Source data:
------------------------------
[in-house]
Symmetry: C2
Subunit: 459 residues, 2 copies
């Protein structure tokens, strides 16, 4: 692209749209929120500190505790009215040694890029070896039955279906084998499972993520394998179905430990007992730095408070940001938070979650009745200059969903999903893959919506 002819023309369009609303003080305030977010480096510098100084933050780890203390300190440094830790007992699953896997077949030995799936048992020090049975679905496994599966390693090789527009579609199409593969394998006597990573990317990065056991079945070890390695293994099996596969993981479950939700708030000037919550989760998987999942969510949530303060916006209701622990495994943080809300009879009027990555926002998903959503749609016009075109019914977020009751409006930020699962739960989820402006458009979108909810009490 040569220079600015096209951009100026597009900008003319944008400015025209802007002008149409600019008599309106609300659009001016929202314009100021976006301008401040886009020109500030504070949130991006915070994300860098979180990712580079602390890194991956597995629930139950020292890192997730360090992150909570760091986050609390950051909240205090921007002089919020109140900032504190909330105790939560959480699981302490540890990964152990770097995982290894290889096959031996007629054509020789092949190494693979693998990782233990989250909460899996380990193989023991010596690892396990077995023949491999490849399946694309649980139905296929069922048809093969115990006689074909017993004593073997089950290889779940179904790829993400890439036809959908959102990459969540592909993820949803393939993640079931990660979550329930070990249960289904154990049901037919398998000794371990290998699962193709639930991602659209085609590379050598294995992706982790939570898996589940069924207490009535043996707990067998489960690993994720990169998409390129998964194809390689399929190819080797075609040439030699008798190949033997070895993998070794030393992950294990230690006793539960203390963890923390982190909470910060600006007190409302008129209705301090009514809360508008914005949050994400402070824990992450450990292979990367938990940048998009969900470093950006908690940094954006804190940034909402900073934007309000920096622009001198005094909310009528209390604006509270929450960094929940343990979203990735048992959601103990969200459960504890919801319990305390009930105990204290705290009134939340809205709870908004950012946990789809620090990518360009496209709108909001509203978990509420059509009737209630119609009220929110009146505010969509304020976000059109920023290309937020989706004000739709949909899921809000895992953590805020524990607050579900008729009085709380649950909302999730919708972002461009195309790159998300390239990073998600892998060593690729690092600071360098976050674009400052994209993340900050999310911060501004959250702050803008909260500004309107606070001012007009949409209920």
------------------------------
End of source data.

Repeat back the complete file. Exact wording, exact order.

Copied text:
[in-house]
Symmetry: C2
Subunit: 459 residues, 2 copies
């Protein structure tokens, strides 16, 4: 692209749209929120500190505790009215040694890029070896039955279906084998499972993520394998179905430990007992730095408070940001938070979650009745200059969903999903893959919506 002819023309369009609303003080305030977010480096510098100084933050780890203390300190440094830790007992699953896997077949030995799936048992020090049975679905496994599966390693090789527009579609199409593969394998006597990573990317990065056991079945070890390695293994099996596969993981479950939700708030000037919550989760998987999942969510949530303060916006209701622990495994943080809300009879009027990555926002998903959503749609016009075109019914977020009751409006930020699962739960989820402006458009979108909810009490 040569220079600015096209951009100026597009900008003319944008400015025209802007002008149409600019008599309106609300659009001016929202314009100021976006301008401040886009020109500030504070949130991006915070994300860098979180990712580079602390890194991956597995629930139950020292890192997730360090992150909570760091986050609390950051909240205090921007002089919020109140900032504190909330105790939560959480699981302490540890990964152990770097995982290894290889096959031996007629054509020789092949190494693979693998990782233990989250909460899996380990193989023991010596690892396990077995023949491999490849399946694309649980139905296929069922048809093969115990006689074909017993004593073997089950290889779940179904790829993400890439036809959908959102990459969540592909993820949803393939993640079931990660979550329930070990249960289904154990049901037919398998000794371990290998699962193709639930991602659209085609590379050598294995992706982790939570898996589940069924207490009535043996707990067998489960690993994720990169998409390129998964194809390689399929190819080797075609040439030699008798190949033997070895993998070794030393992950294990230690006793539960203390963890923390982190909470910060600006007190409302008129209705301090009514809360508008914005949050994400402070824990992450450990292979990367938990940048998009969900470093950006908690940094954006804190940034909402900073934007309000920096622009001198005094909310009528209390604006509270929450960094929940343990979203990735048992959601103990969200459960504890919801319990305390009930105990204290705290009134939340809205709870908004950012946990789809620090990518360009496209709108909001509203978990509420059509009737209630119609009220929110009146505010969509304020976000059109920023290309937020989706004000739709949909899921809000895992953590805020524990607050579900008729009085709380649950909302999730919708972002461009195309790159998300390239990073998600892998060593690729690092600071360098976050674009400052994209993340900050999310911060501004959250702050803008909260500004309107606070001012007009949409209920």